In mid-2015, VOTO Mobile, in partnership with the Ghana Center for Democratic Development (CDD-Ghana), applied to Making All Voices Count for a practitioner research and learning grant.
VOTO Mobile is a Ghanaian tech company and social enterprise. One of the tools it uses is the interactive voice response (IVR) survey. This entails survey respondents being called on their mobile phone, and prompted by pre-recorded messages to respond to questions by pressing buttons on the phone; the results are stored on a database.
CDD-Ghana is a non-profit organisation focusing on good governance. It has worked with UNICEF to develop the District League Table (DLT), a tool for measuring and highlighting discrepancies in local government service delivery in different sectors.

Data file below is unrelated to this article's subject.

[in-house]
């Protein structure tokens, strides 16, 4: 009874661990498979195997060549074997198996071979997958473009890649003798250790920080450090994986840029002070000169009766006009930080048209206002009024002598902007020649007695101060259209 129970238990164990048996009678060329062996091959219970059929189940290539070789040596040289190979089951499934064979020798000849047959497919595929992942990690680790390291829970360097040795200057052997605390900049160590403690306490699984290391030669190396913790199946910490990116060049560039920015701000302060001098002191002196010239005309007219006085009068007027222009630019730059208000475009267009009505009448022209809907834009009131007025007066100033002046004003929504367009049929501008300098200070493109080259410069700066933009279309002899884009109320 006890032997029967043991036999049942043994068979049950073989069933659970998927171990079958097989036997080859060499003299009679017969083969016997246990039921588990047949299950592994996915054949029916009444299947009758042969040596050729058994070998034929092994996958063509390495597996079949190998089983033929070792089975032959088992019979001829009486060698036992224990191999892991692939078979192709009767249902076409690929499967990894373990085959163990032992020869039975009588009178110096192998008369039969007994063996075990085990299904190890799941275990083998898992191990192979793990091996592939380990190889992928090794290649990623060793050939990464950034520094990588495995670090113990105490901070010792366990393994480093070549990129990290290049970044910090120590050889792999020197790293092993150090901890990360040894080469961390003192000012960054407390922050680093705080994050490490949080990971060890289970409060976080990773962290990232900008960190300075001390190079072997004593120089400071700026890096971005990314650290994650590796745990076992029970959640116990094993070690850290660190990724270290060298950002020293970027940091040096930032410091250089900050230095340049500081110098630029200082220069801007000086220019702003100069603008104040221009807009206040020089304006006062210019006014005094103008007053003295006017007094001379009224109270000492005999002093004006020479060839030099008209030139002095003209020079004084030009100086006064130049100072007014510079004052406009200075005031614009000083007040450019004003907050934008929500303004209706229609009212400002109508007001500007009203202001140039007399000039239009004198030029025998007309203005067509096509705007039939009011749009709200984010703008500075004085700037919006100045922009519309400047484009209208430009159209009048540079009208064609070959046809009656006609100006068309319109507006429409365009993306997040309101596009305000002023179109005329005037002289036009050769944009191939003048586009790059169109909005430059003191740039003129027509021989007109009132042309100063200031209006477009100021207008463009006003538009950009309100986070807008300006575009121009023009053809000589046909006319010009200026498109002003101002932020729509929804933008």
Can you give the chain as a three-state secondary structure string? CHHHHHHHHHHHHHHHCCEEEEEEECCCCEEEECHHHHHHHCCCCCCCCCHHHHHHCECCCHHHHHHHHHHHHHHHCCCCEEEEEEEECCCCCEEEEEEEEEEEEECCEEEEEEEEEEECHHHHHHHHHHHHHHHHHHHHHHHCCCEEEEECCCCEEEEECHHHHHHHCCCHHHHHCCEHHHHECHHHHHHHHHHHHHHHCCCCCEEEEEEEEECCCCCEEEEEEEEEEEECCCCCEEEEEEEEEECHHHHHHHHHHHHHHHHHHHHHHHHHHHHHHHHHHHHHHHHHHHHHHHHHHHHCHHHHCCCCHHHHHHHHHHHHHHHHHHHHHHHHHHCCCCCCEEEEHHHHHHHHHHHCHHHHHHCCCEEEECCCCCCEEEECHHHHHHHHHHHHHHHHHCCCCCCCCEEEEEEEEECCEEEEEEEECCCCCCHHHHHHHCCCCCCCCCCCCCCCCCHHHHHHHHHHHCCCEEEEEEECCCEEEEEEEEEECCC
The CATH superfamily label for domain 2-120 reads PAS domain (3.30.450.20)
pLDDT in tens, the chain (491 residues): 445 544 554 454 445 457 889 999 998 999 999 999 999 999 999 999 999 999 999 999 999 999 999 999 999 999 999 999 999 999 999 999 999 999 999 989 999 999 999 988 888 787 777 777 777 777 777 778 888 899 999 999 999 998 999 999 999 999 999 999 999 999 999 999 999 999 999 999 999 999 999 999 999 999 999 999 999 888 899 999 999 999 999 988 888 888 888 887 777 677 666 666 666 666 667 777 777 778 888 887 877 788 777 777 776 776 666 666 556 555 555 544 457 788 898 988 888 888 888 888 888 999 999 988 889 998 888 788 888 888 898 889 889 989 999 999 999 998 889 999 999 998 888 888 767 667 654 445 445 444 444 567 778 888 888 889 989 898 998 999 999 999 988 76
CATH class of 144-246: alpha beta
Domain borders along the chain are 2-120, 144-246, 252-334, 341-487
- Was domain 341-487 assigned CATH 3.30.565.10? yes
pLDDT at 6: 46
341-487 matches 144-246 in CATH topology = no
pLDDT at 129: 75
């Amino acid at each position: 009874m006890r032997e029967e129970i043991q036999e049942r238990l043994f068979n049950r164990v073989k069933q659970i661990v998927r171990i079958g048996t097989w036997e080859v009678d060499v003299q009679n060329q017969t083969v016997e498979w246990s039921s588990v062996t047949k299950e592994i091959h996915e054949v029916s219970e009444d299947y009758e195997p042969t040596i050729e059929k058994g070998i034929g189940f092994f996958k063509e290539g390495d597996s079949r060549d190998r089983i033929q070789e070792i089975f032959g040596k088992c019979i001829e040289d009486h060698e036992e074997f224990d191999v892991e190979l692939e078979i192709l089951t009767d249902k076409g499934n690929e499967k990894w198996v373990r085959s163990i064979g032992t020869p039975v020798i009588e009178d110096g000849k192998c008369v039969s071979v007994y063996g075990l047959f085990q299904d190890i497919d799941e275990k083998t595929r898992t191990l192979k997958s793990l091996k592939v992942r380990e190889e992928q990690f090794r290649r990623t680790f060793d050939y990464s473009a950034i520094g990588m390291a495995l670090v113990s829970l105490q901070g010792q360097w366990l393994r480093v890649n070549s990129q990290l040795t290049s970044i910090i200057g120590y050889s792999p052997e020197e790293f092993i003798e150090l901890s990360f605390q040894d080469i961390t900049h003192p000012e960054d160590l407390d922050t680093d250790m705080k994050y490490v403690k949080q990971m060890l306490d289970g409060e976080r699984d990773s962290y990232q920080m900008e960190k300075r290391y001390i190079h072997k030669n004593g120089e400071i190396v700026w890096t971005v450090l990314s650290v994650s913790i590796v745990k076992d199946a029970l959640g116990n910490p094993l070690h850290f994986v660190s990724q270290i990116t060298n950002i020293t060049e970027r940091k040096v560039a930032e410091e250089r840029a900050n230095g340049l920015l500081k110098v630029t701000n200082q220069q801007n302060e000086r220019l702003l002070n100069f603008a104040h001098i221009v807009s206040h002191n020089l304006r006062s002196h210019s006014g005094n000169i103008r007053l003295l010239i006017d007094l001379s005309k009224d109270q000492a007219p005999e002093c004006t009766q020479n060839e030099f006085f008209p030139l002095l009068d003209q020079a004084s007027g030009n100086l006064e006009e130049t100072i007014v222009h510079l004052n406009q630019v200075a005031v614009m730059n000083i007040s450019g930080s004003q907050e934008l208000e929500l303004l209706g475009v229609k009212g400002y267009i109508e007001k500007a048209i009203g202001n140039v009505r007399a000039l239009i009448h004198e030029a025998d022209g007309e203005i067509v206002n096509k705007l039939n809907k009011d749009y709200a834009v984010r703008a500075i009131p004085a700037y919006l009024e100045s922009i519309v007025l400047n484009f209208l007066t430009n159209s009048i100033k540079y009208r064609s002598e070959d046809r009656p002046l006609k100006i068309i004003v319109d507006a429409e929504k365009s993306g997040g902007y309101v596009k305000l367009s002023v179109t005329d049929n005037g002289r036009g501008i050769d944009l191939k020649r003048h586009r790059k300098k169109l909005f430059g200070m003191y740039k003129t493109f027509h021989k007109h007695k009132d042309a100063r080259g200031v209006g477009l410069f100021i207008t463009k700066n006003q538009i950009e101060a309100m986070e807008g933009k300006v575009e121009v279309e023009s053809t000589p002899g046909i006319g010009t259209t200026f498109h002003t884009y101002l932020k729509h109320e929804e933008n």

Their research set out to examine:
- whether VOTO Mobile’s IVR methodology would be suitable for gathering data for future editions of the DLT
- how far the DLT reflected the priorities of Ghanaian citizens
- how IVR could be adapted to maximise the response rate of rural women.
This practice paper describes the research, its findings and its implications. It also reflects on the challenges facing a tech provider and a CSO in working together to develop tools for citizen engagement in local government monitoring.
- How can tech providers and CSOs work together to collect useful, cost-effective data on local government services from a citizen perspective?
- To what extent can crowdsourced citizen feedback about development priorities help make tools for monitoring local government more effective?
- How can methods for crowdsourcing citizen data engage the hardest-to-reach citizens?